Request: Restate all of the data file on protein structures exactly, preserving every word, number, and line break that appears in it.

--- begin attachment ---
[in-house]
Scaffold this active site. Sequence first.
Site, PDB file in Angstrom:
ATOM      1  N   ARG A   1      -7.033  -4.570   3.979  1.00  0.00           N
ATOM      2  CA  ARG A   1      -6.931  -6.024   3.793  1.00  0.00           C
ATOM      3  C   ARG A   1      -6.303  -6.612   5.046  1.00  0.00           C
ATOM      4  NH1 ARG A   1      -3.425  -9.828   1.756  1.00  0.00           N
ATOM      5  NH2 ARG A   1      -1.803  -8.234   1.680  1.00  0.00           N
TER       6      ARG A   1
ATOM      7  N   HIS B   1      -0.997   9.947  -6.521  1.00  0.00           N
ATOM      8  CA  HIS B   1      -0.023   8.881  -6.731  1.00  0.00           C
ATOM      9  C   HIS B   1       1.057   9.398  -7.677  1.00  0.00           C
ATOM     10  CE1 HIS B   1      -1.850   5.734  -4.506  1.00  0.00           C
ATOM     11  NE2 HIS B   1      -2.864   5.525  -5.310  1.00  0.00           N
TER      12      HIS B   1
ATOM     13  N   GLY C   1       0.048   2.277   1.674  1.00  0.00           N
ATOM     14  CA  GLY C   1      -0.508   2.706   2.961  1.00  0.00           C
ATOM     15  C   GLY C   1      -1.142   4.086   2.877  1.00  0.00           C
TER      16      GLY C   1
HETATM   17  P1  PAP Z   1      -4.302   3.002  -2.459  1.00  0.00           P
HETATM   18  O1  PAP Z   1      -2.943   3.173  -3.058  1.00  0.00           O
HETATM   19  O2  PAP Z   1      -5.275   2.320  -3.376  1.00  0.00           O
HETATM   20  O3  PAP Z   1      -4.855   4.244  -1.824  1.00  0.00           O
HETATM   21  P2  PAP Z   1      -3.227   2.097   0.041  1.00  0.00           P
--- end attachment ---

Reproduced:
[in-house]
Scaffold this active site. Sequence first.
Site, PDB file in Angstrom:
ATOM      1  N   ARG A   1      -7.033  -4.570   3.979  1.00  0.00           N
ATOM      2  CA  ARG A   1      -6.931  -6.024   3.793  1.00  0.00           C
ATOM      3  C   ARG A   1      -6.303  -6.612   5.046  1.00  0.00           C
ATOM      4  NH1 ARG A   1      -3.425  -9.828   1.756  1.00  0.00           N
ATOM      5  NH2 ARG A   1      -1.803  -8.234   1.680  1.00  0.00           N
TER       6      ARG A   1
ATOM      7  N   HIS B   1      -0.997   9.947  -6.521  1.00  0.00           N
ATOM      8  CA  HIS B   1      -0.023   8.881  -6.731  1.00  0.00           C
ATOM      9  C   HIS B   1       1.057   9.398  -7.677  1.00  0.00           C
ATOM     10  CE1 HIS B   1      -1.850   5.734  -4.506  1.00  0.00           C
ATOM     11  NE2 HIS B   1      -2.864   5.525  -5.310  1.00  0.00           N
TER      12      HIS B   1
ATOM     13  N   GLY C   1       0.048   2.277   1.674  1.00  0.00           N
ATOM     14  CA  GLY C   1      -0.508   2.706   2.961  1.00  0.00           C
ATOM     15  C   GLY C   1      -1.142   4.086   2.877  1.00  0.00           C
TER      16      GLY C   1
HETATM   17  P1  PAP Z   1      -4.302   3.002  -2.459  1.00  0.00           P
HETATM   18  O1  PAP Z   1      -2.943   3.173  -3.058  1.00  0.00           O
HETATM   19  O2  PAP Z   1      -5.275   2.320  -3.376  1.00  0.00           O
HETATM   20  O3  PAP Z   1      -4.855   4.244  -1.824  1.00  0.00           O
HETATM   21  P2  PAP Z   1      -3.227   2.097   0.041  1.00  0.00           P